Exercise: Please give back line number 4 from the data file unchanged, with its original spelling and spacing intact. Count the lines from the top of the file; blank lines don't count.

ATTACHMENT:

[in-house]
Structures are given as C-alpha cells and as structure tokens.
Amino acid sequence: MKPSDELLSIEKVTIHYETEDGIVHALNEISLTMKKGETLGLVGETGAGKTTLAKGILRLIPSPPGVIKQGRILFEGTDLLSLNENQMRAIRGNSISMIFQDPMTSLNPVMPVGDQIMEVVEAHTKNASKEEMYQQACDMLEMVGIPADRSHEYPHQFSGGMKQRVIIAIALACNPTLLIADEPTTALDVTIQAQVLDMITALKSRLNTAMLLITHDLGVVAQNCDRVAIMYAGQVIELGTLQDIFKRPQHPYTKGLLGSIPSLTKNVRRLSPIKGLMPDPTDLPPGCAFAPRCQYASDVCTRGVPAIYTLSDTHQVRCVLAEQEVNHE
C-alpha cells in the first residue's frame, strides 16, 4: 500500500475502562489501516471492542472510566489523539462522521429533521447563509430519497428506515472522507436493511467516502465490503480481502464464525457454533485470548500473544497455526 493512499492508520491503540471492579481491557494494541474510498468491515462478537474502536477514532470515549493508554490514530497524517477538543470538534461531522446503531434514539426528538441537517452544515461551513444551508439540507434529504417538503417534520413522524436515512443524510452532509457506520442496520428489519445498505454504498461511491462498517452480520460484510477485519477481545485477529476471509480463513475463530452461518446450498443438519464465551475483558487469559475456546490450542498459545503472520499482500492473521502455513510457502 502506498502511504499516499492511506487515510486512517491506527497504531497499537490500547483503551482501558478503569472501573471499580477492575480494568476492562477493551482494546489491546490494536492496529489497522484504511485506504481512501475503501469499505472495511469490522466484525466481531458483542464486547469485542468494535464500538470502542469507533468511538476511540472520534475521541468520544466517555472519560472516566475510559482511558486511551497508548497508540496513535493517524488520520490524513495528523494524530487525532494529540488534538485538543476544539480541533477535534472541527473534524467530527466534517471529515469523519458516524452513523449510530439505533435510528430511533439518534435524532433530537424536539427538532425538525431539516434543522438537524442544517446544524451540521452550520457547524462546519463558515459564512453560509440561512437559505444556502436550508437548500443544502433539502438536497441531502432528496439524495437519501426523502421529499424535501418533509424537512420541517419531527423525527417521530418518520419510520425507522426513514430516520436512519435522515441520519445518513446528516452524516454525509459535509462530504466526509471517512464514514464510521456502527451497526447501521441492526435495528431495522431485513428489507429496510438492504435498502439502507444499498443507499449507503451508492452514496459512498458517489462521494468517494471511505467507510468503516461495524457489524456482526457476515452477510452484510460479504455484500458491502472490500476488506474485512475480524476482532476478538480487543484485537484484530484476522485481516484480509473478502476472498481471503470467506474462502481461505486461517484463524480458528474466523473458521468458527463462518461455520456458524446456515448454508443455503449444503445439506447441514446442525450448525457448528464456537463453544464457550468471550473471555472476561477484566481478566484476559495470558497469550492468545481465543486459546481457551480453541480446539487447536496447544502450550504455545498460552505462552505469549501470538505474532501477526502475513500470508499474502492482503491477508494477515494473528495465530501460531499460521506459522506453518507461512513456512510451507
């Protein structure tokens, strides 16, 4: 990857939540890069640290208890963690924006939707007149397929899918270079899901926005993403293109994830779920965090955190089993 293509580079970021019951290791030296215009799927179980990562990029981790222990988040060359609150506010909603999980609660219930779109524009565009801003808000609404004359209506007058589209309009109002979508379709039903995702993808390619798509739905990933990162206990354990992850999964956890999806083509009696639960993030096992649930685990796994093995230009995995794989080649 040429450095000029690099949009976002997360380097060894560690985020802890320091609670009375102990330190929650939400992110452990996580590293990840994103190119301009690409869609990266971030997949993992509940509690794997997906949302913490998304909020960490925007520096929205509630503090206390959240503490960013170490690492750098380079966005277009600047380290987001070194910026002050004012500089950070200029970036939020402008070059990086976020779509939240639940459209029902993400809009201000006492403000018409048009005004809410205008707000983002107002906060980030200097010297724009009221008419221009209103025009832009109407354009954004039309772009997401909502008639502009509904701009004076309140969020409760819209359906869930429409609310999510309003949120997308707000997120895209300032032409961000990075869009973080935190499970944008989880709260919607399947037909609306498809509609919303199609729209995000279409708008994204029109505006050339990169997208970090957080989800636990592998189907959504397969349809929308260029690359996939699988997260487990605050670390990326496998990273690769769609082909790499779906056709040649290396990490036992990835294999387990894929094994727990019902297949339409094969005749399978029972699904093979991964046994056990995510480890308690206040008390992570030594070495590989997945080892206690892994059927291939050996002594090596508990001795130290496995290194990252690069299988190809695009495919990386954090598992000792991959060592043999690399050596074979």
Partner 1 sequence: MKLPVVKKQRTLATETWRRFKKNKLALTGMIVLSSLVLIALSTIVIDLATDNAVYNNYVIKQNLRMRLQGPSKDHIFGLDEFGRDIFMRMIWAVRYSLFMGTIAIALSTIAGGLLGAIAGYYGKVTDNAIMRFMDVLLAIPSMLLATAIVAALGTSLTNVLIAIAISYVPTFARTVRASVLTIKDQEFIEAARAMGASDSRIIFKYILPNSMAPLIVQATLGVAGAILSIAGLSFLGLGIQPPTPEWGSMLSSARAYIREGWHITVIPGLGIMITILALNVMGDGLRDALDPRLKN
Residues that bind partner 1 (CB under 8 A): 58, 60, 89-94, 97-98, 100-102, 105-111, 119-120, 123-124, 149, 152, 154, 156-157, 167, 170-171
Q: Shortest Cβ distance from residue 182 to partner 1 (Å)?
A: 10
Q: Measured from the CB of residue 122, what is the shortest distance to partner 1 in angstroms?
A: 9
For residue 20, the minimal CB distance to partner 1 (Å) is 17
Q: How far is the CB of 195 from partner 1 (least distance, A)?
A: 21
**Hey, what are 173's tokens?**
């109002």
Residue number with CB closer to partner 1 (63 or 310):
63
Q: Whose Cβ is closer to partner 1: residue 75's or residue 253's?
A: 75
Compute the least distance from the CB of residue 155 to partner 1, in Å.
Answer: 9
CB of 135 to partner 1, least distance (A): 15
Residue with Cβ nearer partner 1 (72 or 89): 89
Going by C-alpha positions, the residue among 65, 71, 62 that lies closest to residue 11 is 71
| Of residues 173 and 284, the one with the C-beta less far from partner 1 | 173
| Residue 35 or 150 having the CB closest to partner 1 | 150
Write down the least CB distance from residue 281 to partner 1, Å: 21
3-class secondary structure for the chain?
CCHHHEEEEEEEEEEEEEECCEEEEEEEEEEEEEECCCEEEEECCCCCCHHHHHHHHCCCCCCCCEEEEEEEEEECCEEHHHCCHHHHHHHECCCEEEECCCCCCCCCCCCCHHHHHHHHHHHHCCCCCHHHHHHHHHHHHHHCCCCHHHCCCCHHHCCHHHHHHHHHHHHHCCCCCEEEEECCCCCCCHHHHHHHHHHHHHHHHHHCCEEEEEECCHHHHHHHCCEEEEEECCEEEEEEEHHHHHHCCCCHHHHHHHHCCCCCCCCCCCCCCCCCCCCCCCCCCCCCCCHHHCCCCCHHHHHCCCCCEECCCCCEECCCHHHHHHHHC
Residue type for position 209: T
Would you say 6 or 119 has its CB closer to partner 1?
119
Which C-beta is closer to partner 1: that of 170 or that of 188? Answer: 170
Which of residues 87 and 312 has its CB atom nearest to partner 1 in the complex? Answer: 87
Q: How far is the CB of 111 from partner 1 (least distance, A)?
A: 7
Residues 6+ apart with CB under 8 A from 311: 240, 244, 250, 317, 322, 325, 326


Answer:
C-alpha cells in the first residue's frame, strides 16, 4: 500500500475502562489501516471492542472510566489523539462522521429533521447563509430519497428506515472522507436493511467516502465490503480481502464464525457454533485470548500473544497455526 493512499492508520491503540471492579481491557494494541474510498468491515462478537474502536477514532470515549493508554490514530497524517477538543470538534461531522446503531434514539426528538441537517452544515461551513444551508439540507434529504417538503417534520413522524436515512443524510452532509457506520442496520428489519445498505454504498461511491462498517452480520460484510477485519477481545485477529476471509480463513475463530452461518446450498443438519464465551475483558487469559475456546490450542498459545503472520499482500492473521502455513510457502 502506498502511504499516499492511506487515510486512517491506527497504531497499537490500547483503551482501558478503569472501573471499580477492575480494568476492562477493551482494546489491546490494536492496529489497522484504511485506504481512501475503501469499505472495511469490522466484525466481531458483542464486547469485542468494535464500538470502542469507533468511538476511540472520534475521541468520544466517555472519560472516566475510559482511558486511551497508548497508540496513535493517524488520520490524513495528523494524530487525532494529540488534538485538543476544539480541533477535534472541527473534524467530527466534517471529515469523519458516524452513523449510530439505533435510528430511533439518534435524532433530537424536539427538532425538525431539516434543522438537524442544517446544524451540521452550520457547524462546519463558515459564512453560509440561512437559505444556502436550508437548500443544502433539502438536497441531502432528496439524495437519501426523502421529499424535501418533509424537512420541517419531527423525527417521530418518520419510520425507522426513514430516520436512519435522515441520519445518513446528516452524516454525509459535509462530504466526509471517512464514514464510521456502527451497526447501521441492526435495528431495522431485513428489507429496510438492504435498502439502507444499498443507499449507503451508492452514496459512498458517489462521494468517494471511505467507510468503516461495524457489524456482526457476515452477510452484510460479504455484500458491502472490500476488506474485512475480524476482532476478538480487543484485537484484530484476522485481516484480509473478502476472498481471503470467506474462502481461505486461517484463524480458528474466523473458521468458527463462518461455520456458524446456515448454508443455503449444503445439506447441514446442525450448525457448528464456537463453544464457550468471550473471555472476561477484566481478566484476559495470558497469550492468545481465543486459546481457551480453541480446539487447536496447544502450550504455545498460552505462552505469549501470538505474532501477526502475513500470508499474502492482503491477508494477515494473528495465530501460531499460521506459522506453518507461512513456512510451507